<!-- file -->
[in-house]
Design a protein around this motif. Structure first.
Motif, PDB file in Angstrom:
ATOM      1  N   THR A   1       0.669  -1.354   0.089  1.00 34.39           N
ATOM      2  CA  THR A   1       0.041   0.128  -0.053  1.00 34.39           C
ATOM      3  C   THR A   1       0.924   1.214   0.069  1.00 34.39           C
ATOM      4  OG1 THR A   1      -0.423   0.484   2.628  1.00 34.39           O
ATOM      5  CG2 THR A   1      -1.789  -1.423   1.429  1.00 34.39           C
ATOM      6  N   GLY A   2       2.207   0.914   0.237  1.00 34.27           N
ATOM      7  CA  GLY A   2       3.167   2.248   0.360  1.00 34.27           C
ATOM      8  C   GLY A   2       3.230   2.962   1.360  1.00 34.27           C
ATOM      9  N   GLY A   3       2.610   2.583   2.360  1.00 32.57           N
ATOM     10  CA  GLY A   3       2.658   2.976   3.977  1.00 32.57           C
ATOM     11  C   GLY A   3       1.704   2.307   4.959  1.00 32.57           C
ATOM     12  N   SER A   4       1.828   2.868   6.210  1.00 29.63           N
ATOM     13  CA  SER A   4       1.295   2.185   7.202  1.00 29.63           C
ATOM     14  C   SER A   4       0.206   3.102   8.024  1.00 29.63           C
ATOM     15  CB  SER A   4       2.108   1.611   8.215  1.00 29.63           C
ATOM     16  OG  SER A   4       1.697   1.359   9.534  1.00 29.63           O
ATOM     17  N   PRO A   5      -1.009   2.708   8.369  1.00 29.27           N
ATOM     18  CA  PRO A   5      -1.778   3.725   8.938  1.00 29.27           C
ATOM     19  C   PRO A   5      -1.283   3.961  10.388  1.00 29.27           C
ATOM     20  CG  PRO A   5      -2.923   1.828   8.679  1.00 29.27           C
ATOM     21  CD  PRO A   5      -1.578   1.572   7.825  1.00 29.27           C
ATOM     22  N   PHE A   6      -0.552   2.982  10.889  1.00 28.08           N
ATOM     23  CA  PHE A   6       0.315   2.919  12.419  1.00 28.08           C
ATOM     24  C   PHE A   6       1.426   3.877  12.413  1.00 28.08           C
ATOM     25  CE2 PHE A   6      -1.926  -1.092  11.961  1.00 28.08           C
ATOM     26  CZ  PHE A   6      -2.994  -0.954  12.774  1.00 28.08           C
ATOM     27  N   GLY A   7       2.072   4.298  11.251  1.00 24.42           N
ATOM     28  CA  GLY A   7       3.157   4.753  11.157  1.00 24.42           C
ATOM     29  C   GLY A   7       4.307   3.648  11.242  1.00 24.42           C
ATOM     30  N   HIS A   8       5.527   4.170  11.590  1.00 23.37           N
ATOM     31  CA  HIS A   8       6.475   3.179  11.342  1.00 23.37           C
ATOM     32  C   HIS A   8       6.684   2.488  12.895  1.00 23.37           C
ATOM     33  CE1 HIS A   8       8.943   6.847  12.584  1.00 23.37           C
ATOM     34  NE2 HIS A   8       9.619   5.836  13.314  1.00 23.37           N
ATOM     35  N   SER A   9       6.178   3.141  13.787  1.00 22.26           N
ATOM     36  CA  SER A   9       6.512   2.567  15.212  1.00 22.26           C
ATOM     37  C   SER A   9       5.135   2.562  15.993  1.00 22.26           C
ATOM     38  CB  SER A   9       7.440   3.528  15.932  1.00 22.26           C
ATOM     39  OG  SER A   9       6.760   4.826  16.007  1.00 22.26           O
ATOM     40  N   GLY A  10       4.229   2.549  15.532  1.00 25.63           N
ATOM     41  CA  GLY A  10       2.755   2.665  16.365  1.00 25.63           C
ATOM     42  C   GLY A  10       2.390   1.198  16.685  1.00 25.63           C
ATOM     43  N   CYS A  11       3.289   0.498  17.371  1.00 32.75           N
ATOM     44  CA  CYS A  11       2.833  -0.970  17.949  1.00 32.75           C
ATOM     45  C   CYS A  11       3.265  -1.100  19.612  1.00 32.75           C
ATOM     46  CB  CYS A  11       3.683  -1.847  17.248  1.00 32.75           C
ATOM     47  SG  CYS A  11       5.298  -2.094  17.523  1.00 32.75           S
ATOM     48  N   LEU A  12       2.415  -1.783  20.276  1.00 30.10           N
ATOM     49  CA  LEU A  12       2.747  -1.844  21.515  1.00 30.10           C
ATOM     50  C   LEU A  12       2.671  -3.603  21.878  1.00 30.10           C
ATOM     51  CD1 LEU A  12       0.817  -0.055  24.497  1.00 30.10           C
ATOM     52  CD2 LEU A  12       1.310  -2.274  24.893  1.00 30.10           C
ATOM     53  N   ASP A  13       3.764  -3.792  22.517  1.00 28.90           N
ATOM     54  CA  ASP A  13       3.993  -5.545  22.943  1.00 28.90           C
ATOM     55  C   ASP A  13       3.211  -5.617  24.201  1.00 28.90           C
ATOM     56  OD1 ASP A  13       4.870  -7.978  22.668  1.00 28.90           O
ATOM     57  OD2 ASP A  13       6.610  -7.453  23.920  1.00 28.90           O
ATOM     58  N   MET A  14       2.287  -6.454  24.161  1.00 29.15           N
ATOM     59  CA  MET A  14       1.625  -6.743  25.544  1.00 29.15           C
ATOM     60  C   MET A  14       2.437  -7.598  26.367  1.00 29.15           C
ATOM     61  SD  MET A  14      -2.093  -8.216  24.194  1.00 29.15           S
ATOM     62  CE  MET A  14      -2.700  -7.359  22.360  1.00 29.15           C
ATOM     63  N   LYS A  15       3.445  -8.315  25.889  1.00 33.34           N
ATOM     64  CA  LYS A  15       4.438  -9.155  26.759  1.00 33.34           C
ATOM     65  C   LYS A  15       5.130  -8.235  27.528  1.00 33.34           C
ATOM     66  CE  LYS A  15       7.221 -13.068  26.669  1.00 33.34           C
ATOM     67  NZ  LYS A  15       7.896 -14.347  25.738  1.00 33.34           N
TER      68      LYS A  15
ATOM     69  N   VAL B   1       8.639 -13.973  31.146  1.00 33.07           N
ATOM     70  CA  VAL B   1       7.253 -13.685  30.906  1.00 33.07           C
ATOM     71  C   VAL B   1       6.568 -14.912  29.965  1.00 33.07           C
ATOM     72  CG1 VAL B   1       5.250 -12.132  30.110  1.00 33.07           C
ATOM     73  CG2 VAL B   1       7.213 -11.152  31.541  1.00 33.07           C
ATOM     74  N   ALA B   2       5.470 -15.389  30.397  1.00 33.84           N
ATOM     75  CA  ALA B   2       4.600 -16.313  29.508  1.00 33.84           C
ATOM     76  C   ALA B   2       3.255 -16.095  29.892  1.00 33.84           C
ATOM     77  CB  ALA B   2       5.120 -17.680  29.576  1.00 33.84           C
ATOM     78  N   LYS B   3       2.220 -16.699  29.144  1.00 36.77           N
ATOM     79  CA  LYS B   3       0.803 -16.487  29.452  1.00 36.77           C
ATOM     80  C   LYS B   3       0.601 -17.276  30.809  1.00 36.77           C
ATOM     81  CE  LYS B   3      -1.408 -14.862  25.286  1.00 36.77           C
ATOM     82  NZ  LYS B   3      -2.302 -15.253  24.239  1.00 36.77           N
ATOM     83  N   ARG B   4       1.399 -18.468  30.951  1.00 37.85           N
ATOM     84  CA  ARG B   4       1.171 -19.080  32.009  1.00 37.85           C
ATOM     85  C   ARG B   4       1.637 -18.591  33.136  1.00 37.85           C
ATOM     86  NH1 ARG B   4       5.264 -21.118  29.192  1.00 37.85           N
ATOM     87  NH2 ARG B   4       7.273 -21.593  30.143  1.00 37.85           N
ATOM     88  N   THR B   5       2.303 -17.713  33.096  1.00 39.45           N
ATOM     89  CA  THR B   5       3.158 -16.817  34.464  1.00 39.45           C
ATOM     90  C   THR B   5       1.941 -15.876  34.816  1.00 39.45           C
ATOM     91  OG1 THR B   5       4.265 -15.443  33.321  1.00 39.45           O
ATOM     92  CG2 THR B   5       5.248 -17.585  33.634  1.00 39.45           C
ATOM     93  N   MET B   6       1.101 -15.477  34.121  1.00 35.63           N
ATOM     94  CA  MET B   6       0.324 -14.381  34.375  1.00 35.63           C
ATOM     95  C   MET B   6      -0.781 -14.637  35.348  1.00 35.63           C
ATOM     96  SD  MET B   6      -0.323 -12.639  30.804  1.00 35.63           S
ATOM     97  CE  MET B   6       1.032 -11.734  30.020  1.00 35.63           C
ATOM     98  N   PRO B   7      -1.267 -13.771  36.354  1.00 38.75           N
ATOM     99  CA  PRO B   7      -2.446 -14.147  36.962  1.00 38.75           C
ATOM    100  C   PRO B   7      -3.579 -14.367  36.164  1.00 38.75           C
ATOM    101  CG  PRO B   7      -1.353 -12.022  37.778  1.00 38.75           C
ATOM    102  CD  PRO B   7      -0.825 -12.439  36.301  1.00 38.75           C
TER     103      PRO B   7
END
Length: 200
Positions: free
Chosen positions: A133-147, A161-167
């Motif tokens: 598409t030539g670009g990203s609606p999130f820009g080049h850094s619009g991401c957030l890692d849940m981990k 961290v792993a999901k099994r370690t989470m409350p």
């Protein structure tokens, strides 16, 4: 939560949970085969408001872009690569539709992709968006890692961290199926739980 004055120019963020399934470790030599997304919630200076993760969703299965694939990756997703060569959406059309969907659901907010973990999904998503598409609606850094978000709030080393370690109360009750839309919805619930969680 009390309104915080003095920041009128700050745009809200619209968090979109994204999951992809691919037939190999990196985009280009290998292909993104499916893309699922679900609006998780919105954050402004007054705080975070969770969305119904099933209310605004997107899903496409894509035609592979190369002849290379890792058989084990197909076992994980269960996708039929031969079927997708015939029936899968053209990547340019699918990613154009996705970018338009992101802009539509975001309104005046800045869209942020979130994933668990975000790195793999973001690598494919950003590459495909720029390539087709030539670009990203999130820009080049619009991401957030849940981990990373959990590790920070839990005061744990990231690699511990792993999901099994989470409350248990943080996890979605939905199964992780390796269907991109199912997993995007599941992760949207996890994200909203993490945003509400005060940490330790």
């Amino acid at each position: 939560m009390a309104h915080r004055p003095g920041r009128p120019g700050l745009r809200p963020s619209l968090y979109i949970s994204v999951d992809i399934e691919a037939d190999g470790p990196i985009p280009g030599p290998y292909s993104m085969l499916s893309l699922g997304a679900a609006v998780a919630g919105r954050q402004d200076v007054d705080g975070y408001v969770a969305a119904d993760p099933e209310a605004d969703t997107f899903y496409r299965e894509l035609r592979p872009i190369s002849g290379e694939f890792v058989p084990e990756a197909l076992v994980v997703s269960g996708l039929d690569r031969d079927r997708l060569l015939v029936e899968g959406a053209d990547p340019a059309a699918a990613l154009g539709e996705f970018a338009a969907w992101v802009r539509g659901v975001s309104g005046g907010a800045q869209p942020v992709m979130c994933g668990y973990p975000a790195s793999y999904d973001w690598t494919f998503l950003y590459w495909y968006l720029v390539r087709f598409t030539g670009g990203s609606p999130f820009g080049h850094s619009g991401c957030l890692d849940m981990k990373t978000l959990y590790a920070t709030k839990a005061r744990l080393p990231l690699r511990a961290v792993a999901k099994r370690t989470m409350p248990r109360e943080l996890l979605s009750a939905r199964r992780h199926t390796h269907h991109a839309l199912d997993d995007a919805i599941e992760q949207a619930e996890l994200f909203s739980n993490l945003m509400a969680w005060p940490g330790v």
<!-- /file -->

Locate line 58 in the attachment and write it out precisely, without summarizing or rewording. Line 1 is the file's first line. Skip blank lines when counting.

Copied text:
ATOM     55  C   ASP A  13       3.211  -5.617  24.201  1.00 28.90           C